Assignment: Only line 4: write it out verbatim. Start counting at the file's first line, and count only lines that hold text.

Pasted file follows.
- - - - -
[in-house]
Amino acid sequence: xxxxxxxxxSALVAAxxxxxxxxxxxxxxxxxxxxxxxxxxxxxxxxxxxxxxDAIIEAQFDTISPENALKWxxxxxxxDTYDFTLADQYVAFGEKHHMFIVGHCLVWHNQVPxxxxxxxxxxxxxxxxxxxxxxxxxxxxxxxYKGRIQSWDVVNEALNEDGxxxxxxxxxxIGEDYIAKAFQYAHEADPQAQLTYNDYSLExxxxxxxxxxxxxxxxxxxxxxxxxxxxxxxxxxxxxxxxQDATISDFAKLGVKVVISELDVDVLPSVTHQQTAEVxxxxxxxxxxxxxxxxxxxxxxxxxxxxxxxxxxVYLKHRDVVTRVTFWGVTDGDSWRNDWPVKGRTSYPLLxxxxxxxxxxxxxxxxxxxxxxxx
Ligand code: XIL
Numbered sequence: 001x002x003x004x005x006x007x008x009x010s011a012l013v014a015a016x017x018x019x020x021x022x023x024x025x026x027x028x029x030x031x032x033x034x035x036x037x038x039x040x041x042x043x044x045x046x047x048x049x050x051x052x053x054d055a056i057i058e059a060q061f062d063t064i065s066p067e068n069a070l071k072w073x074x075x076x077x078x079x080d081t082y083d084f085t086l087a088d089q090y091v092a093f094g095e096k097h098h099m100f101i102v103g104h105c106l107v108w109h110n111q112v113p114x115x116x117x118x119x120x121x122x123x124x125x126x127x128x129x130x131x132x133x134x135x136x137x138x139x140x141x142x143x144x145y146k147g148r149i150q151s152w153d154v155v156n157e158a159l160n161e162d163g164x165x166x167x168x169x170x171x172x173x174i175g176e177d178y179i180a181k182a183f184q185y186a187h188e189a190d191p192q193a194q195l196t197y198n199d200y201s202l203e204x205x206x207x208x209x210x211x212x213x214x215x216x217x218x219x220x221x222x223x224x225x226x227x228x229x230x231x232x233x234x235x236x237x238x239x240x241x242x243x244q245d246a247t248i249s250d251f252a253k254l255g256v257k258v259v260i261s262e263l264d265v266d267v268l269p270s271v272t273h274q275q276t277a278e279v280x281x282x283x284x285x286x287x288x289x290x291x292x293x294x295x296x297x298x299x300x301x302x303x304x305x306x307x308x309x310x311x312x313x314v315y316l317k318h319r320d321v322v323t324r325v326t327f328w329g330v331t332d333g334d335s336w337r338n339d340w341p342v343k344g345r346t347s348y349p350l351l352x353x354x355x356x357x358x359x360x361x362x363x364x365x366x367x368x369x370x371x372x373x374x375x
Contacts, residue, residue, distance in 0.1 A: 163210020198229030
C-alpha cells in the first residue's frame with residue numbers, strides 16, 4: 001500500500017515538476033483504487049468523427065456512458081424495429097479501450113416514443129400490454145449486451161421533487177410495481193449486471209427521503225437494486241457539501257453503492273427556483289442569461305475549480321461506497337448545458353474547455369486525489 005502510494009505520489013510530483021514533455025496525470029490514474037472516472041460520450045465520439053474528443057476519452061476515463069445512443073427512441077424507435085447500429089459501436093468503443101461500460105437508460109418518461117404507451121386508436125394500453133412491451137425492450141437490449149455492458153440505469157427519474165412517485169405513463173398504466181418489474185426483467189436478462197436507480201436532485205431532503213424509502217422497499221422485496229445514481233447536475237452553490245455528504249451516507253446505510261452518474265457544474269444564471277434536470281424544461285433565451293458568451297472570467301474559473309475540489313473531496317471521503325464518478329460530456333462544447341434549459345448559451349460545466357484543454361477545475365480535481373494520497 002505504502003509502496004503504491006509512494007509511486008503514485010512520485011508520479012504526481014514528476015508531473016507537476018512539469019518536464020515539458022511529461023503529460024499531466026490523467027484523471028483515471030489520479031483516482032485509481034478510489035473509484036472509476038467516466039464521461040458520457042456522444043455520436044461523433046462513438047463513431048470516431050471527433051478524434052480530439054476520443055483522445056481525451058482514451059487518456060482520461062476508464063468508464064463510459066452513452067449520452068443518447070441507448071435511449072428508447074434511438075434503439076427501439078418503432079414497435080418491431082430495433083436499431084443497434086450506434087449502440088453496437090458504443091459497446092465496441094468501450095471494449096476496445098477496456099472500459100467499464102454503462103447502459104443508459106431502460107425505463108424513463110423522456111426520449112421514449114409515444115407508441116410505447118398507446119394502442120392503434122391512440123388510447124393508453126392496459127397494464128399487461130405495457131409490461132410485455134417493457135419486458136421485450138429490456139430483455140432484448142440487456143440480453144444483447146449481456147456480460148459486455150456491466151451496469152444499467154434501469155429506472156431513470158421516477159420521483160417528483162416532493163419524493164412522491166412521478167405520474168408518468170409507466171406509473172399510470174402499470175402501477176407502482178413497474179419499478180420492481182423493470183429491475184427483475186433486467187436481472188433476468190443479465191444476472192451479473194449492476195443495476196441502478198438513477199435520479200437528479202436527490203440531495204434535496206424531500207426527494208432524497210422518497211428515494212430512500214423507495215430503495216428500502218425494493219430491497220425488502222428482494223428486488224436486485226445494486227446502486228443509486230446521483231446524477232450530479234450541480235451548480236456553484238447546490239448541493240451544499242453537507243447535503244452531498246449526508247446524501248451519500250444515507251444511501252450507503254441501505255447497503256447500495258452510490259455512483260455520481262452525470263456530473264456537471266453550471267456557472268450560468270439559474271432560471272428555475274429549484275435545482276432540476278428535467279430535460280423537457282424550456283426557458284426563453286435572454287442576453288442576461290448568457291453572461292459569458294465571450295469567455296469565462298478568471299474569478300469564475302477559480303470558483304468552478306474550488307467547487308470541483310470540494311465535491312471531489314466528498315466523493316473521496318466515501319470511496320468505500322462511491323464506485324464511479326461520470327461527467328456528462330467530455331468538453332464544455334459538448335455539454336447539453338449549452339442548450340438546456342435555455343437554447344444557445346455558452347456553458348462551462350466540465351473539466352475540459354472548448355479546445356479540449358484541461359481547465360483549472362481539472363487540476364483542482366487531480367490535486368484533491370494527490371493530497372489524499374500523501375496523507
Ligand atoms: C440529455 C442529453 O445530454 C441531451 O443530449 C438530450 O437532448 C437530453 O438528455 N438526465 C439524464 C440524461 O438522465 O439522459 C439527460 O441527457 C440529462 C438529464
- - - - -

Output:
Numbered sequence: 001x002x003x004x005x006x007x008x009x010s011a012l013v014a015a016x017x018x019x020x021x022x023x024x025x026x027x028x029x030x031x032x033x034x035x036x037x038x039x040x041x042x043x044x045x046x047x048x049x050x051x052x053x054d055a056i057i058e059a060q061f062d063t064i065s066p067e068n069a070l071k072w073x074x075x076x077x078x079x080d081t082y083d084f085t086l087a088d089q090y091v092a093f094g095e096k097h098h099m100f101i102v103g104h105c106l107v108w109h110n111q112v113p114x115x116x117x118x119x120x121x122x123x124x125x126x127x128x129x130x131x132x133x134x135x136x137x138x139x140x141x142x143x144x145y146k147g148r149i150q151s152w153d154v155v156n157e158a159l160n161e162d163g164x165x166x167x168x169x170x171x172x173x174i175g176e177d178y179i180a181k182a183f184q185y186a187h188e189a190d191p192q193a194q195l196t197y198n199d200y201s202l203e204x205x206x207x208x209x210x211x212x213x214x215x216x217x218x219x220x221x222x223x224x225x226x227x228x229x230x231x232x233x234x235x236x237x238x239x240x241x242x243x244q245d246a247t248i249s250d251f252a253k254l255g256v257k258v259v260i261s262e263l264d265v266d267v268l269p270s271v272t273h274q275q276t277a278e279v280x281x282x283x284x285x286x287x288x289x290x291x292x293x294x295x296x297x298x299x300x301x302x303x304x305x306x307x308x309x310x311x312x313x314v315y316l317k318h319r320d321v322v323t324r325v326t327f328w329g330v331t332d333g334d335s336w337r338n339d340w341p342v343k344g345r346t347s348y349p350l351l352x353x354x355x356x357x358x359x360x361x362x363x364x365x366x367x368x369x370x371x372x373x374x375x